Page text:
Upstate New York church promotes enjoying the earth while caring for it

Upstate New York church promotes enjoying the earth while caring for it

March 17, 2013
Written by Emily Mullins

Earth Day has been a serious event for Zion United Church of Christ of Taborton in Sand Lake, N.Y., since the Rev. Robert Loesch joined the congregation seven years ago. This year, with Earth Day falling right in the middle of Mission 4/1 Earth, the group is particularly excited. The church's location, on a wooded mountaintop near the banks of the Hudson River, reminds most members of Zion UCC to be respectful of the natural beauty that surrounds them and mindful of the need to protect it. So the extra efforts of the UCC's 50-day earth care initiative are really just an extension of their everyday lifestyles.

"When I came here, I decided to work with the congregation to raise awareness about the area's natural resources, but also tie them to national environmental issues," said Loesch. "When Mission 4/1 Earth came along, I thought it fit in perfectly with what we're already doing."

Zion UCC's Earth Day celebration on April 21 will begin with an environmental worship service and a blessing of pets and all of nature's animals. Following that will be a highway litter cleanup, promotion of the congregation's year-round comprehensive recycling program, and the presentation of educational displays from more than 30 local and regional environmental organizations and church groups.

But one of the highlights of the annual event is the opportunity for people to take time and enjoy the nature around them. Several church members will bring their kayaks, provide lessons, and allow participants to paddle around Little Bowman Pond. One member who is an environmentalist will offer casting lessons, and novice and experienced fishermen alike can fish off the docks. A local environmental alliance will lead hikes through the woods and identify different plants and wildlife along the way. Loesch plans to find an expert to demonstrate water sampling and discuss the quality of the pond and the different insects and organisms that inhabit it.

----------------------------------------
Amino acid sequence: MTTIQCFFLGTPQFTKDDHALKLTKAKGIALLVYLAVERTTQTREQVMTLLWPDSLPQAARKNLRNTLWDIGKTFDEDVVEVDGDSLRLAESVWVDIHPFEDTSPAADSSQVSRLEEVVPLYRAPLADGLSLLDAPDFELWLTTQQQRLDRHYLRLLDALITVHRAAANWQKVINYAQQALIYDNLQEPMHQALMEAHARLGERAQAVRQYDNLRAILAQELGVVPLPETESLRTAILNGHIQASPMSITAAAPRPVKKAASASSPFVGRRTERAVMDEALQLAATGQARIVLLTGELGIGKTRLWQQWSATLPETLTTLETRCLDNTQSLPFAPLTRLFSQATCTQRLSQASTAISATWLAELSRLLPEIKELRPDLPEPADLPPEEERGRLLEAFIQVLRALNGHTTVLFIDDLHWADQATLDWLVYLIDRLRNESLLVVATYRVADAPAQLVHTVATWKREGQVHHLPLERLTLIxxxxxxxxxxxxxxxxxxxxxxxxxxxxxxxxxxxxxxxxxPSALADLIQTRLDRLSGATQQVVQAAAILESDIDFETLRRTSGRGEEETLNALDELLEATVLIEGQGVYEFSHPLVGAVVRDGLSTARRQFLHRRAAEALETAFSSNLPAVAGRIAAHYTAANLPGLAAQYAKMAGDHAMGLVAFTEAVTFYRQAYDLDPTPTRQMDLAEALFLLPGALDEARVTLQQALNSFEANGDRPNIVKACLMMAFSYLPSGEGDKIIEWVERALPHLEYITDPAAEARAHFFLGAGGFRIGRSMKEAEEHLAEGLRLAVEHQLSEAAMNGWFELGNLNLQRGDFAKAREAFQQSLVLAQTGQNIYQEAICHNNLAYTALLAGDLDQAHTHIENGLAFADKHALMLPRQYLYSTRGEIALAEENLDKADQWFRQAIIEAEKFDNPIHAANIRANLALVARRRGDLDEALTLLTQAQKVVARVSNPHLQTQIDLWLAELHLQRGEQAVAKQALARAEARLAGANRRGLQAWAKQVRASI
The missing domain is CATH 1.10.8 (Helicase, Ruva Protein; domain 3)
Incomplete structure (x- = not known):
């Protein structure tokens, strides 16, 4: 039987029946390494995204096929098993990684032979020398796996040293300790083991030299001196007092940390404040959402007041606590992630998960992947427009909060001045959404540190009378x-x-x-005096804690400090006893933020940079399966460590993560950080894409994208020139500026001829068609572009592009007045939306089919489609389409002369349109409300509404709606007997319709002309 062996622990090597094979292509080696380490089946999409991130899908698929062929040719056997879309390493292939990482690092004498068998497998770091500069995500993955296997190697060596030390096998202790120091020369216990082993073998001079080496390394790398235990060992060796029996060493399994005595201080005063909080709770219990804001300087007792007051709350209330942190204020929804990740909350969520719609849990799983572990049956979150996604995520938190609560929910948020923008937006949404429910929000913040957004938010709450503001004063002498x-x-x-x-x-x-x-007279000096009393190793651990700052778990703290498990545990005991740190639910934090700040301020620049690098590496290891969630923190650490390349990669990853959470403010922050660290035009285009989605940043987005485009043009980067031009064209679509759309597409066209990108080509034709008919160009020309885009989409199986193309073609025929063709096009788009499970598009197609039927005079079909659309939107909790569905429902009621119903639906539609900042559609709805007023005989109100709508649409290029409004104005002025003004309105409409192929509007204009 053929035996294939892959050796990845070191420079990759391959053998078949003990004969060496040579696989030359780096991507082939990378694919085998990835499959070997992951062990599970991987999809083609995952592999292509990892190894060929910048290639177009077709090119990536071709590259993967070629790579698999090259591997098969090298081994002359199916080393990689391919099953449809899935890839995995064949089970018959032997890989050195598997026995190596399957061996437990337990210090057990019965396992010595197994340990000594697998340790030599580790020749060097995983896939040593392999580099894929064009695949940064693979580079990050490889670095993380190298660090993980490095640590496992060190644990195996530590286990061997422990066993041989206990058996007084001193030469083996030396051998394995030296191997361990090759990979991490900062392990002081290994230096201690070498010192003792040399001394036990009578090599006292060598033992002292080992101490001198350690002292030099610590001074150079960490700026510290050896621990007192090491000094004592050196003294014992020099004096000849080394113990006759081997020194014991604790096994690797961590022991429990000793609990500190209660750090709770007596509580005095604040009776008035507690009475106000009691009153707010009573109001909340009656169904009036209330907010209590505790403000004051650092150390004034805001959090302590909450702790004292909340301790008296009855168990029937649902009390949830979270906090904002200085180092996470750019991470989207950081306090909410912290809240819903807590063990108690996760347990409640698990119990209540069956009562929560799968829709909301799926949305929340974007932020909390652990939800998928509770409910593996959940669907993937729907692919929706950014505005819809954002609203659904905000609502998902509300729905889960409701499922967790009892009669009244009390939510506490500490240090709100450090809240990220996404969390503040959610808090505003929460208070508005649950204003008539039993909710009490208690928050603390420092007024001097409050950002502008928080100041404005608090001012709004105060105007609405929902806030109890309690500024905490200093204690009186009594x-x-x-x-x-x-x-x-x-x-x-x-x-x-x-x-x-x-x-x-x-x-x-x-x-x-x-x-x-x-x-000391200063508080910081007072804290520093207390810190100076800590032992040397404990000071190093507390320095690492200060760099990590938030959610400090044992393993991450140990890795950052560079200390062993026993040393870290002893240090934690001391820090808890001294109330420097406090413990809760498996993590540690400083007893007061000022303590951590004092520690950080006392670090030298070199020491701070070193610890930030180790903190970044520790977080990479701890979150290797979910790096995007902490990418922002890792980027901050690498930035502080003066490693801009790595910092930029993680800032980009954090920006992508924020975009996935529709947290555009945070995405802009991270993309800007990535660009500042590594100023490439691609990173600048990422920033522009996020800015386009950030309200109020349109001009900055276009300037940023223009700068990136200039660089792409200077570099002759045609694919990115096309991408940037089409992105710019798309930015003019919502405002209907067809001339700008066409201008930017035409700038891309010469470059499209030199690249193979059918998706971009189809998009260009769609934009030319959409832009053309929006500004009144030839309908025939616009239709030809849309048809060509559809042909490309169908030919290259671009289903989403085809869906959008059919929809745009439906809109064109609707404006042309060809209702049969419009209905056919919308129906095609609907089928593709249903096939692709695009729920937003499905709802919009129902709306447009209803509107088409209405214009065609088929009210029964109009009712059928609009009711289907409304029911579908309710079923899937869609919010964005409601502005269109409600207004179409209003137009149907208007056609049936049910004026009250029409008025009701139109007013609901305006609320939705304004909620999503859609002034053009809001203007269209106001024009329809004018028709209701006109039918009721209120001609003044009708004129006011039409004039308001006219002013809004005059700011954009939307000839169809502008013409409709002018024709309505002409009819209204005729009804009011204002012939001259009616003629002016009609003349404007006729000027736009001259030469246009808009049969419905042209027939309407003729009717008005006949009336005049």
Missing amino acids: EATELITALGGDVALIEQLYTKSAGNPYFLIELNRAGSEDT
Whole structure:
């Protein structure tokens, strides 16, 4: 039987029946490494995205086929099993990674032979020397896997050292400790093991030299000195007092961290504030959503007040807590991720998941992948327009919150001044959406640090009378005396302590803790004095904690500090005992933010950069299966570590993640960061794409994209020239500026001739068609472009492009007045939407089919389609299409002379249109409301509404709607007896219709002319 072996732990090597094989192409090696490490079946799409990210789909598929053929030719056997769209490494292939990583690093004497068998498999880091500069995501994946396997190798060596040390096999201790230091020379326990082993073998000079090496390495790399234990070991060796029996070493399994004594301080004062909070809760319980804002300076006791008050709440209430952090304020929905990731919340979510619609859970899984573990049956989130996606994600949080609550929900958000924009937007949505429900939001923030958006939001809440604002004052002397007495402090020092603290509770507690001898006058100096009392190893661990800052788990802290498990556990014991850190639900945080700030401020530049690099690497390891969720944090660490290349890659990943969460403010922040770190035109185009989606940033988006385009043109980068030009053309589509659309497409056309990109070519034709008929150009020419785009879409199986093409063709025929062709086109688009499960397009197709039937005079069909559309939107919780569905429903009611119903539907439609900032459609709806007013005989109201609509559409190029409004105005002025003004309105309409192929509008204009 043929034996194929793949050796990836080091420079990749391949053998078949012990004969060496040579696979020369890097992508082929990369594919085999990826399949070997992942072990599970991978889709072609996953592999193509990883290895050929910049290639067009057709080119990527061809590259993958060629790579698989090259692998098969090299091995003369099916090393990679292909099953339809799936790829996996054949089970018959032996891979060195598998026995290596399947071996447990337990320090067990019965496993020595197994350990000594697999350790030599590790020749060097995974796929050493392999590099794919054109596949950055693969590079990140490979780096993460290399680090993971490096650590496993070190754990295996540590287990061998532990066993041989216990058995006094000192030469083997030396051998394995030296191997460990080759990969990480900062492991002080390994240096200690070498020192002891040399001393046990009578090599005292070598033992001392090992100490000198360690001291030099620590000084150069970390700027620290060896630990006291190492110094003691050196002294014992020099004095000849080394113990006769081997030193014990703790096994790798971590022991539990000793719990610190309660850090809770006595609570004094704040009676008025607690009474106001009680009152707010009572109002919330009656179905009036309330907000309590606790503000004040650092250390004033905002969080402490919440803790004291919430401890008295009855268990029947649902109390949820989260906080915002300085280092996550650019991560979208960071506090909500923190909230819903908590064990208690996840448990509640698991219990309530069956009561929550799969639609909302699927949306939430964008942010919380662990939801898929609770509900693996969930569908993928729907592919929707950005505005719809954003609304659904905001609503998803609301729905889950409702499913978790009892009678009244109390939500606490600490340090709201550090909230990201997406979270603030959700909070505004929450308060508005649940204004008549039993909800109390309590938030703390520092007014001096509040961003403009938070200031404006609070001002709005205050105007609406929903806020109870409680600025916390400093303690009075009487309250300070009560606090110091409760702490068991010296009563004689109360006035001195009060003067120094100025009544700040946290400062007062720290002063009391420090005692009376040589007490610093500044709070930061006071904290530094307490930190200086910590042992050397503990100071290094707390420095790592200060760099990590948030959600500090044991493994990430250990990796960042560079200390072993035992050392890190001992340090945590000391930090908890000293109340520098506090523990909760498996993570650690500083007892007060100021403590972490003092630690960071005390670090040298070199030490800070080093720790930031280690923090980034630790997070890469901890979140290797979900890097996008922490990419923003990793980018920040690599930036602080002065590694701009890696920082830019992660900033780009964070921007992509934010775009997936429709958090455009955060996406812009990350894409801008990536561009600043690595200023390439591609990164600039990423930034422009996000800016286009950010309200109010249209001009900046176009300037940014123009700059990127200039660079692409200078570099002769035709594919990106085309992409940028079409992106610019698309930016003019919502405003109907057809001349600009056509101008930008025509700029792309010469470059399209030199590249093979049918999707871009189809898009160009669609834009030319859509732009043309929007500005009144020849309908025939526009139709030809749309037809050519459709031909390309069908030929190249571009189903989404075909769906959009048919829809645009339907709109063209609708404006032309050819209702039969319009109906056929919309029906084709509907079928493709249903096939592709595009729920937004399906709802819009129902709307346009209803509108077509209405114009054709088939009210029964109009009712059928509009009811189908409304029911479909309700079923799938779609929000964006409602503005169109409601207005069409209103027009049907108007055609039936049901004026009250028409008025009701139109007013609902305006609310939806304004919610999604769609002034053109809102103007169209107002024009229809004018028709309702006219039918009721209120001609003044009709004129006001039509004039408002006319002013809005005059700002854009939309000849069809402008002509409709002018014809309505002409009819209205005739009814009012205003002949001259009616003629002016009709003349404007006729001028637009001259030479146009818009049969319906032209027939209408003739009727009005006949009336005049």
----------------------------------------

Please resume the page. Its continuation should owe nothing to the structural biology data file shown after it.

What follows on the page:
"What we try to do is have a variety of activities," Loesch said. "Most of the activities are educational, spiritual, scientific and recreational."

Loesch believes that knowing how to enjoy nature is almost as important as knowing how to care for it. Living among the woods, lakes and mountains, most of Zion's members already participate in activities like hunting and fishing. But Loesch likes to use this event to introduce its nearly 300 attendees to new ways of enjoying the outdoors with the hopes that they also will want to embrace and protect our planet Earth.

"I find that most people who enjoy being outside and enjoy activities have a natural appreciation for the entire interrelationship and interdependence of nature, and understand the balance that is required to protect certain species," Loesch said. "We only have one planet and each of us is responsible for doing our part."

The United Church of Christ has been working for environmental justice for almost 30 years, and recognizes the opportunity for a shared mission campaign to live out our faith — in unity, as one church — for the sake of our fragile planet Earth.

With the help of UCC congregations everywhere, Mission 4/1 Earth, which begins Easter Monday 2013, hopes to accomplish more than 1 million hours of engaged earth care, 100,000 tree plantings across the globe, and 100,000 advocacy letters written and sent on environmental concerns.

Here's a preview of Mission 4/1 Earth: 50 Great Days

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